by Staff Writers
London (AFP) June 4, 2011
British Apache helicopters destroyed a radar station and a military checkpoint held by Moamer Kadhafi's forces near Brega in their first sorties over Libya, the defence ministry said Saturday.
The operation late Friday by Apaches from the helicopter carrier HMS Ocean off the north African coast took place alongside an operation by French helicopters from the assault ship Tonnerre, it said.
"Apache attack helicopters, flying from HMS Ocean, conducted their first operational sorties over Libya last night," Major General Nick Pope, spokesman for the Chief of the Defence Staff, said in a statement.
"The Apaches were tasked with precision strikes against a regime radar installation and a military checkpoint, both located around Brega," he said.
"Hellfire missiles and 30mm cannon were used to destroy the targets; the helicopters then returned safely to HMS Ocean."
Libyan government and rebel forces have been fighting for months over the strategic eastern oil town of Brega and it is roughly where the two sides have reached a stalemate in recent weeks.
Two of the four Apaches that Britain has deployed for the NATO mission were involved in Friday's raid, according to the BBC, which has a correspondent on board the ship.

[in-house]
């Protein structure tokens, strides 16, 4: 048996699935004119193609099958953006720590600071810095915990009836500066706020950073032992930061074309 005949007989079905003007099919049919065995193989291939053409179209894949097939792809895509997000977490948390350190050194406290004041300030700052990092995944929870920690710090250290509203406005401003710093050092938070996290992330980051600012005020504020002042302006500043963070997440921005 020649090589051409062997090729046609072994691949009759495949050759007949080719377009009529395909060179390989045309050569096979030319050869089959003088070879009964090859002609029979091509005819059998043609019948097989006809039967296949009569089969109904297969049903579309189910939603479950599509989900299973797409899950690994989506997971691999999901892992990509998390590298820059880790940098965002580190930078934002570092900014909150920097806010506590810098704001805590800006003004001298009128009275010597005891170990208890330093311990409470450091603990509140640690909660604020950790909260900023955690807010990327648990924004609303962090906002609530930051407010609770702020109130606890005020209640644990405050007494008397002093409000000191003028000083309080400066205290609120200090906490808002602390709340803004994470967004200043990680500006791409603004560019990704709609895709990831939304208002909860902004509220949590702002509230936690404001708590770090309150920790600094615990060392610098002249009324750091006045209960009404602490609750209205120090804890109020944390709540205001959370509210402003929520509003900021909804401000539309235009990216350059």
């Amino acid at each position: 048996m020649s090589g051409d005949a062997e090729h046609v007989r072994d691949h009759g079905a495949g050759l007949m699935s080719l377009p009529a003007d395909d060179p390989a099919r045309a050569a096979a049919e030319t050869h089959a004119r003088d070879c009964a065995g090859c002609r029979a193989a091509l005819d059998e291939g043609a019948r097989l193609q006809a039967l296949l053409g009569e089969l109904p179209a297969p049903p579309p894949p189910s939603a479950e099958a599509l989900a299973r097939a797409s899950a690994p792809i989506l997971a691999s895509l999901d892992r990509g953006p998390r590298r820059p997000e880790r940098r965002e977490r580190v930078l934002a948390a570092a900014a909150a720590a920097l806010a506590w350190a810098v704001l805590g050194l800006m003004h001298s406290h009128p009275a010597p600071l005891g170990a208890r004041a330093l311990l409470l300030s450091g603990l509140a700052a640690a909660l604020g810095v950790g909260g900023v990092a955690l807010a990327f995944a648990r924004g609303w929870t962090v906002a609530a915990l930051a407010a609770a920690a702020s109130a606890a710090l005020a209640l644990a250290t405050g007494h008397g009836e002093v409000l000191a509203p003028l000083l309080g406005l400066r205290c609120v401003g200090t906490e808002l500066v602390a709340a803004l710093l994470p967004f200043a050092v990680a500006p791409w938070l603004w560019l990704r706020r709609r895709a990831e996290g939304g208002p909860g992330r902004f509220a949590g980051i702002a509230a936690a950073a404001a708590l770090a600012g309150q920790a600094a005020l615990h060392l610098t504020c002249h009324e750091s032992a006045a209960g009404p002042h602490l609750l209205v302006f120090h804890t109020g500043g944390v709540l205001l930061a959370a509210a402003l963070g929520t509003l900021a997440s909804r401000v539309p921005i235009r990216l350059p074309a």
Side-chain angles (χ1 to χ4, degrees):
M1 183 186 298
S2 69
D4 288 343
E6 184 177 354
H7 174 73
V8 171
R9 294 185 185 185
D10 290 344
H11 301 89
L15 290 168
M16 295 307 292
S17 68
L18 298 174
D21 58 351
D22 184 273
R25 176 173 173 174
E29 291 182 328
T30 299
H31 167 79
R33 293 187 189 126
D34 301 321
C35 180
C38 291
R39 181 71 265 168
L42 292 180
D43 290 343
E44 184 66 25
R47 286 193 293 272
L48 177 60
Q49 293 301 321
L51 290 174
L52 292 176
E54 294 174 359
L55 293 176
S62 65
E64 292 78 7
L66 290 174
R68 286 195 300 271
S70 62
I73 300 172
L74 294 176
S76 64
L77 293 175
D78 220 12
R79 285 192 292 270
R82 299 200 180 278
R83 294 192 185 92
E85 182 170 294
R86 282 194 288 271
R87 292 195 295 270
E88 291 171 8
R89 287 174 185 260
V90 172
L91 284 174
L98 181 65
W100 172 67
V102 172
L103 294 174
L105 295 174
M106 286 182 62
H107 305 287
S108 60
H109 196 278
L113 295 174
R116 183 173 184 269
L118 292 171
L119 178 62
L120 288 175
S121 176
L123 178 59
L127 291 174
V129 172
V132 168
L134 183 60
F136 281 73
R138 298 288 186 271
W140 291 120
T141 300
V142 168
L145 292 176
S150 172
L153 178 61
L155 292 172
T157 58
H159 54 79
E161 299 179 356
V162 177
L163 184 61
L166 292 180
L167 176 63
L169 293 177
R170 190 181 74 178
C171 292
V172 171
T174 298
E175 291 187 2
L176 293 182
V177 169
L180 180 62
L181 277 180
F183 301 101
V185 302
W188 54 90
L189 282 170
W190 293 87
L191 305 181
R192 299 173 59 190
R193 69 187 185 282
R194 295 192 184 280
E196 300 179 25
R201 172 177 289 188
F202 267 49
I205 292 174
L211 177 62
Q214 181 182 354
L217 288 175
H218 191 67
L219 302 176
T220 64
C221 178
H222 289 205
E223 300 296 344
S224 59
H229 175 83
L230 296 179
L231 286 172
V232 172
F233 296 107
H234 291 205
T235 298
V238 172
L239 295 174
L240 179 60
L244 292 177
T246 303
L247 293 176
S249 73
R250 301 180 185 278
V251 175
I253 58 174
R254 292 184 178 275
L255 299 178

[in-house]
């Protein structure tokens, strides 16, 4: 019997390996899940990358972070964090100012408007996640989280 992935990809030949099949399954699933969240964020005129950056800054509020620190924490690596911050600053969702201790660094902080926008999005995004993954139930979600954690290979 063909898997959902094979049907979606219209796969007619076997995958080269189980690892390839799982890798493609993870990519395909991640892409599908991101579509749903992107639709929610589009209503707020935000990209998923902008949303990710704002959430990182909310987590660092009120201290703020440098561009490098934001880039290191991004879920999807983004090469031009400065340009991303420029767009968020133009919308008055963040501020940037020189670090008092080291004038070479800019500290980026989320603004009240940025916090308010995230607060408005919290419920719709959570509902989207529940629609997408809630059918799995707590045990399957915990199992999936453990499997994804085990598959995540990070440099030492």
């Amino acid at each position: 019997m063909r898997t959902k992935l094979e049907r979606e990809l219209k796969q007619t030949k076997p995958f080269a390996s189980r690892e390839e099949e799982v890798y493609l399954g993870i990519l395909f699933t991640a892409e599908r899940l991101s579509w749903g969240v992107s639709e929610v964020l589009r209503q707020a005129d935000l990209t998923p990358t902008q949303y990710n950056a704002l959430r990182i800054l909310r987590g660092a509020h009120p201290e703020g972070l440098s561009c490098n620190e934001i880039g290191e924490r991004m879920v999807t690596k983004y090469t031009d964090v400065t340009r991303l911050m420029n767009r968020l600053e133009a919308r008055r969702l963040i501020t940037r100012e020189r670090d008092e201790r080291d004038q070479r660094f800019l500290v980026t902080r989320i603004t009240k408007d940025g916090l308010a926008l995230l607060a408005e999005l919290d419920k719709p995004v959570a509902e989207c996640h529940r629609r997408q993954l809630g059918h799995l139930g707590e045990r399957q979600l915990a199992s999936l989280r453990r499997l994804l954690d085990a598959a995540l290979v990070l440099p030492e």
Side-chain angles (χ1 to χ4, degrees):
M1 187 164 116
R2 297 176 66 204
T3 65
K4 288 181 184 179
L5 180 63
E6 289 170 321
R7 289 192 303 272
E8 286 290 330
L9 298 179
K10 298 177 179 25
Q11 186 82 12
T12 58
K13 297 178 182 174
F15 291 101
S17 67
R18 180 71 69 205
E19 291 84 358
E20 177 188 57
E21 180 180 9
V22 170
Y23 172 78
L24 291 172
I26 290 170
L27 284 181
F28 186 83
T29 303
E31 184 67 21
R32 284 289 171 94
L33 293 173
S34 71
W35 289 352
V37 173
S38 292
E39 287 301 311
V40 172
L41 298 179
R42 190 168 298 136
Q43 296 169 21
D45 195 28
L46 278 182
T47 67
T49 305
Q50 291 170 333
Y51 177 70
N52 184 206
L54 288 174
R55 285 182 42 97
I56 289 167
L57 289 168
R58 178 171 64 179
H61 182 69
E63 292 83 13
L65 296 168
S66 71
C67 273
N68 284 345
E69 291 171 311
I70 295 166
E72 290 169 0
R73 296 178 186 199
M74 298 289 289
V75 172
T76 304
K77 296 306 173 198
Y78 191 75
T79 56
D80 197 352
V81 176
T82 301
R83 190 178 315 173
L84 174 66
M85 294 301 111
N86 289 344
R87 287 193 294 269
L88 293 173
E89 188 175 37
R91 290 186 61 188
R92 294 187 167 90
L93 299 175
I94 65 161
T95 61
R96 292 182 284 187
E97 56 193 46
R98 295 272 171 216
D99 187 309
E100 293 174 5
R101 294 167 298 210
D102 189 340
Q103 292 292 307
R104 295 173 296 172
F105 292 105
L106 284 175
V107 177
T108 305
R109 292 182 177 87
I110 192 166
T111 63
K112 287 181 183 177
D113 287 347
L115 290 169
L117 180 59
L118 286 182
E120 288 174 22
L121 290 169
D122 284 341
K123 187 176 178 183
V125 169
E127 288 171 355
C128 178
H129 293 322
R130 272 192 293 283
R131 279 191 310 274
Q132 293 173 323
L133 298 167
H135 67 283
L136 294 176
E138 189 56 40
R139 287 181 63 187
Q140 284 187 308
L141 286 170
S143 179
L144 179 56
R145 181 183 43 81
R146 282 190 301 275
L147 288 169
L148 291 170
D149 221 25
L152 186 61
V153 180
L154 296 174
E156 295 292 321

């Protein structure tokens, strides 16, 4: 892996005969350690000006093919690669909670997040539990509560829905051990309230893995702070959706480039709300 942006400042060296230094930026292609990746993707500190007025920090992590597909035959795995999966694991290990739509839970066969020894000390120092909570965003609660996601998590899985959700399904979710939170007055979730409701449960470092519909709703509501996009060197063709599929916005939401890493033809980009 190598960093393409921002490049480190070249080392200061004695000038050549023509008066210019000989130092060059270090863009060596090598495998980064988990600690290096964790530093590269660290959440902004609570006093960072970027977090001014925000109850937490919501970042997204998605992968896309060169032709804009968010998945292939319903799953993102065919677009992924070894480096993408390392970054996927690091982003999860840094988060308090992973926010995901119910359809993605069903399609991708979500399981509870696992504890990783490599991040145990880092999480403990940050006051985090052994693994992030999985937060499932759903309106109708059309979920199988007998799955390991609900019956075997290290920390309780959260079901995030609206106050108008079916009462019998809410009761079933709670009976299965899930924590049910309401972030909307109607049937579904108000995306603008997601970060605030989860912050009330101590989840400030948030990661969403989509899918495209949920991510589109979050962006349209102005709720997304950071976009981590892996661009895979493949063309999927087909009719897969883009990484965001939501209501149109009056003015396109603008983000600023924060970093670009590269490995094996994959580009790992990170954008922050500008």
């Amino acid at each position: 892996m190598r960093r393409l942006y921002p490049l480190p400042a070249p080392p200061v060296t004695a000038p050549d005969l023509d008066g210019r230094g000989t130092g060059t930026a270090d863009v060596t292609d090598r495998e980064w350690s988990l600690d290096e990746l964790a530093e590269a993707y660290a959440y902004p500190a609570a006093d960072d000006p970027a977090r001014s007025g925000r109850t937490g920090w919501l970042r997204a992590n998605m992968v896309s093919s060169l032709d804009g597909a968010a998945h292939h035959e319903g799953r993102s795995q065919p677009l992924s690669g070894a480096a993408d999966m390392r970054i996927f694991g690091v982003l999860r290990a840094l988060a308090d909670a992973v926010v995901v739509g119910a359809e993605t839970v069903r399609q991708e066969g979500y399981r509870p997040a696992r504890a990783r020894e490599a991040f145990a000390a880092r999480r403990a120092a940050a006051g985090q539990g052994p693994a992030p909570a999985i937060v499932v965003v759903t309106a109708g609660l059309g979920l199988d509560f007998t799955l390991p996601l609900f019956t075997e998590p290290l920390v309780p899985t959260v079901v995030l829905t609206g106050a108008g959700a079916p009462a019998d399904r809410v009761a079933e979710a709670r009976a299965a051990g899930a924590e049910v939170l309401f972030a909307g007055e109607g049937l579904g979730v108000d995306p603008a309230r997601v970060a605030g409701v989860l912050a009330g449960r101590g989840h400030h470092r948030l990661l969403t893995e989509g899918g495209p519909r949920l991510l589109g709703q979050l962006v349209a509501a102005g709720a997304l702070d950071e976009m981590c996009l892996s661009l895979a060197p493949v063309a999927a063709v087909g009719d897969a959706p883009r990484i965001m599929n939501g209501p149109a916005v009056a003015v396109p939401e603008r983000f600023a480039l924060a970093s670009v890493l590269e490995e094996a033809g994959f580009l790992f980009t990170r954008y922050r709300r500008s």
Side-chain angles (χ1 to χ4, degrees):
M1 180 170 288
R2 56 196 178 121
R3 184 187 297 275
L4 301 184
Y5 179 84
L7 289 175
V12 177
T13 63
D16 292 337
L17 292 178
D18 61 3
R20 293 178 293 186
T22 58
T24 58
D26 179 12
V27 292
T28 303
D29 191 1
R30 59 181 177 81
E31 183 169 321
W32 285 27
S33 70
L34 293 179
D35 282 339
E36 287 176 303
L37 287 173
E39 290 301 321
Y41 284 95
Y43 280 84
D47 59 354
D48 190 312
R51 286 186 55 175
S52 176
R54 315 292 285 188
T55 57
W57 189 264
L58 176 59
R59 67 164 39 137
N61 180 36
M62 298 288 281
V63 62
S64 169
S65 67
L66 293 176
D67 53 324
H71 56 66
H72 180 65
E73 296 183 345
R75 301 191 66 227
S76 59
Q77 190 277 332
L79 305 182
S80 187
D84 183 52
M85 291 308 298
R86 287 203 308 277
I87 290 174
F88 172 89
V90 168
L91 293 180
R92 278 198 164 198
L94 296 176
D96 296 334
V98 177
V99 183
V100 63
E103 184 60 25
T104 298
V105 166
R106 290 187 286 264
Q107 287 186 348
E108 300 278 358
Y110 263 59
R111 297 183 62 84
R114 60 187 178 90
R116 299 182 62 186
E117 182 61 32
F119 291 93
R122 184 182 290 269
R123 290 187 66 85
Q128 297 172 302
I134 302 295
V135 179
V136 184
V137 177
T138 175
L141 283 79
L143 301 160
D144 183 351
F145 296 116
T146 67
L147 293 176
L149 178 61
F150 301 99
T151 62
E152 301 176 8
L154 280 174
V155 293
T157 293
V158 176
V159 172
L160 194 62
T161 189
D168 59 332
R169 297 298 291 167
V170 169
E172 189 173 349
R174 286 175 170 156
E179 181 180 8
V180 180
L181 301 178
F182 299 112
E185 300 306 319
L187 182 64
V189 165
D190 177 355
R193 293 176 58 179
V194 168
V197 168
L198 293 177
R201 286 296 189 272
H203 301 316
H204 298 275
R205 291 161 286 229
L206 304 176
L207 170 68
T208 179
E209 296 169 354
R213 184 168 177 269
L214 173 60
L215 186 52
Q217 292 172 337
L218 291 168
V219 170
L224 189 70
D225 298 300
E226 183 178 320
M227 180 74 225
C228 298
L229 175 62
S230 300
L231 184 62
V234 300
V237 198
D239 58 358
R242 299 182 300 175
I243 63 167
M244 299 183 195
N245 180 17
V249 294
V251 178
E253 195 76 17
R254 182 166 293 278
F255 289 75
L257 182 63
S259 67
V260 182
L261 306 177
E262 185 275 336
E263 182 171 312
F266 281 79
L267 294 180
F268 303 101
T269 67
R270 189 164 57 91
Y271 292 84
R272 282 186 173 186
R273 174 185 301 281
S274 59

The BBC showed green low-light footage of the helicopters taking off from and landing on the deck of HMS Ocean, and of the ship's crew loading up the helicopters with missiles and cannon bullets.
In an interview with the BBC, the pilot of one of the helicopters said it was "mission success." He was not identified for security reasons, said the BBC, which showed only half of his face while the rest was obscured by his helmet.
"We struck a military radar installation on the coast which we destroyed with Hellfire missiles and we also destroyed a vehicle at a military vehicle checkpoint," the pilot said.
"We are pleased that it was mission success, it is a good feeling to go, do your job, do it professionally, accurately and get back in one piece, and this aircraft is desgined really to do that," he added.
One of the helicopters came under fire from the ground, said the former head of the British Army, General Lord Dannatt.
"My information is that one of the attack helicopters was engaged and destroyed, on the ground, the vehicle and people that were engaging it. These things are highly sophisticated and those on the ground should not tangle with them," he told BBC Radio 4's Today programme.